This is one of the best times to visit Minneapolis’ popular public display gardens. They are planted throughout the park system for education and enjoyment of Twin Cities’ residents and park visitors, in addition to their obvious beauty. Maintained through the efforts of MPRB staff and volunteers, the garden displays range from traditional roses to native prairie grasses. Admission to all gardens is free and they are open from dawn to dusk seven days a week.
In addition to an arboretum, the Lyndale Park Rose Garden complex has four gardens. It is located at 4124 Roseway Road in southwest Minneapolis.
- Rose Garden – This 1.5-acre plot is actually the second oldest public rose garden in the U.S., visitors can enjoy the color and fragrance of thousands of roses, the “Queen of Flowers.”
- Peace (Rock) Garden – Hardy alpine plants and dwarf conifers are featured in this 2-acre garden. It also showcases peace stones from Hiroshima and Nagasaki, Japan, and the Spirit of Peace sculpture.
- Annual-Perennial Garden – Look for a wide variety of annuals and perennials blooming in these gardens, which are located on 1-acre between the Phelps and Heffelfinger fountains.
- Perennial Trial Garden, Hummingbird & Butterfly Garden – The garden is one of five perennial trial gardens in the state. Plants that attract hummingbirds and butterflies can be seen in another section of the border.
This year marks the 100th anniversary of the Lyndale Park Garden on the northeast corner of Lake Harriet. It’s in full bloom just in time for the centennial celebration, which will occur on Sunday, July 27.
But wait! There’s more!
The Loring Park Garden of the Seasons adds a splash of color to downtown Minneapolis. The gardens are located at 1382 Willow St. on the north side of the Loring Pond bridge. Designed by a team of Loring Park neighbors, the garden design features wedges of color gardens around a central spoke. Planted with hardy Minnesota perennials, ornamental grasses and annuals, the garden is a delight throughout the growing season. Visitors can relax on benches that surround the garden to best enjoy the display.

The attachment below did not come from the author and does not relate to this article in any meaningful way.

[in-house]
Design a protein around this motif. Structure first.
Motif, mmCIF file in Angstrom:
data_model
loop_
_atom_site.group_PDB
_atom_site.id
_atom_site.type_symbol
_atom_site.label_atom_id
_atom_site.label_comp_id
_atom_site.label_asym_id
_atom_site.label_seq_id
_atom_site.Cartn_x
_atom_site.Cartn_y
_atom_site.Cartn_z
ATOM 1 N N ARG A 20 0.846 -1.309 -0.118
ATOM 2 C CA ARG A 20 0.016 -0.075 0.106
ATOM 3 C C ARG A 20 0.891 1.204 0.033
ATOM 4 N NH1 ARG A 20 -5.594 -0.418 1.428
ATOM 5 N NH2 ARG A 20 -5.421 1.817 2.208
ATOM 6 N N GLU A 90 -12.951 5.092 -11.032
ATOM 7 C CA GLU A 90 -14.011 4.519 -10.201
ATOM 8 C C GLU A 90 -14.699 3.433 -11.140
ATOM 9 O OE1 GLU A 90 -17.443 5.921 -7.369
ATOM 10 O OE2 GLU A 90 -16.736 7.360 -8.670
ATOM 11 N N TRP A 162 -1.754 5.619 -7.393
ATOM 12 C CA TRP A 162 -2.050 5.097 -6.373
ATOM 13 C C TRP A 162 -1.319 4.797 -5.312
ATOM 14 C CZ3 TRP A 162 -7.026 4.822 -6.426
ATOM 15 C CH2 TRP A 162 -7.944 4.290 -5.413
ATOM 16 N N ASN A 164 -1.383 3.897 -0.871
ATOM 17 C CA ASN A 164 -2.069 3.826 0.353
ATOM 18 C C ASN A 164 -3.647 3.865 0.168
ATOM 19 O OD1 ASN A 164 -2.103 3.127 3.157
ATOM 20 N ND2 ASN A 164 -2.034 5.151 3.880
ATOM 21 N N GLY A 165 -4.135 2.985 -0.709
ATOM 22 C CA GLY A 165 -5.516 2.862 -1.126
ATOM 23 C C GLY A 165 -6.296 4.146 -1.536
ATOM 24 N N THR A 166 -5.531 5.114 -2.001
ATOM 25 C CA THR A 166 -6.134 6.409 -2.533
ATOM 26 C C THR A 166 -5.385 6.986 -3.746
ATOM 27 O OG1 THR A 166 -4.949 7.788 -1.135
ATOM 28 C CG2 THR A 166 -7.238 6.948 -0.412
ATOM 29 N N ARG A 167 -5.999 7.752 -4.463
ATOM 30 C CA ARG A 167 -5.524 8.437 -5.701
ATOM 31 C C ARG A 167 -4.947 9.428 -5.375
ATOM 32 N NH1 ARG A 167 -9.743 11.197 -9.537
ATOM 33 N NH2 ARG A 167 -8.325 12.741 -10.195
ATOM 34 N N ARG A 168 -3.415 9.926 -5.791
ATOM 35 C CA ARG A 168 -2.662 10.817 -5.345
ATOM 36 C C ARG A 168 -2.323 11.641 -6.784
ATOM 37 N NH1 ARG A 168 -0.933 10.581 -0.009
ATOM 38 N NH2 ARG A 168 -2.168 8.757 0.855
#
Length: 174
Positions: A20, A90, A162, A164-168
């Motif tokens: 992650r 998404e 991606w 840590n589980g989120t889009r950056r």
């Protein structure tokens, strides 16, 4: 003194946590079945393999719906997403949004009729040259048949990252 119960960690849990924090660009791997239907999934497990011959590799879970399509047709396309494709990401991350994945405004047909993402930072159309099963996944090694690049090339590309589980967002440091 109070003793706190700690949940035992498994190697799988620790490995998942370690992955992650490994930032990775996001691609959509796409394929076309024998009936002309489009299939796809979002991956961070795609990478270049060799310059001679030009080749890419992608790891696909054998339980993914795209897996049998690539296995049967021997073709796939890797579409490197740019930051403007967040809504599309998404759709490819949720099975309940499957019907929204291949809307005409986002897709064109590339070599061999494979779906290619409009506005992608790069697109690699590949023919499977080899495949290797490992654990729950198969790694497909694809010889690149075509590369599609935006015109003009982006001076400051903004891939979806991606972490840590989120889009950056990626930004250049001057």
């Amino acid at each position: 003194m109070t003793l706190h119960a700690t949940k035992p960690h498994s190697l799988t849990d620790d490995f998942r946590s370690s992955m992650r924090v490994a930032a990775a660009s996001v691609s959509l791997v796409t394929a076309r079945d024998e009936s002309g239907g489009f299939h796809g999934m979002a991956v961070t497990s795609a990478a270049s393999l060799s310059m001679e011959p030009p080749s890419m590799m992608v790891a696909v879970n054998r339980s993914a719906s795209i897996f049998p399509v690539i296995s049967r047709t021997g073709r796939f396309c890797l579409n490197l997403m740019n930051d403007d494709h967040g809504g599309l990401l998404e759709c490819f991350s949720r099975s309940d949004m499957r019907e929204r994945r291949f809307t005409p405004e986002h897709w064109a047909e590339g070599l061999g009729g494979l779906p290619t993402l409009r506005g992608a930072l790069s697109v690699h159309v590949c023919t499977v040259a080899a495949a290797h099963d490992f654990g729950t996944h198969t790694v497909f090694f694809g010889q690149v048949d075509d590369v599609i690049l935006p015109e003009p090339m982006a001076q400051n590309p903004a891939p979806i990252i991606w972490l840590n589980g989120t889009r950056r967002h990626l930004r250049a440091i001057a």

Minnehaha Falls Park is home to the varied Longfellow, Pergola and Hiawatha gardens.
- Longfellow Gardens – The display garden in the park system features annuals and perennials that thrive in bright sunlight and windy conditions. The garden is located on East Minnehaha Parkway between Minnehaha Ave. and 38th Ave. S, above the Highway 55/Hiawatha Ave. tunnel.
- Minnehaha Pergola Garden – The garden displays plants native to the Midwest. The sunny runway features primarily prairie plants. The shady areas beneath the pergola showcase native woodland plants. Nearby beneath the sculpture, “Through the Eyes of Taoyateduta,” prairie plants have been installed to provide a great backdrop for the view of Minnehaha Falls. The garden is located just east of Minnehaha Ave. near the Princess Railroad Station.
- Song of Hiawatha Garden – The garden features a circular stone inscription of a portion of Longfellow’s famous poem “The Song of Hiawatha.” Sunny perennials and annuals accent this garden, located on the east side of Minnehaha Falls near the refectory.
The Eloise Butler Wildflower Garden is an urban wilderness in Theodore Wirth Park.
The 15-acre Eloise Butler Wildflower Garden is abloom with wilderness beauty, including Turk’s-cap Lily, Clustered Bellflower, Wild Bergamot, and Partridge Pea. The Wildflower Garden is located at Theodore Wirth Parkway and Glenwood Ave.
For more information on the gardens in the Minneapolis park system visit the official garden website.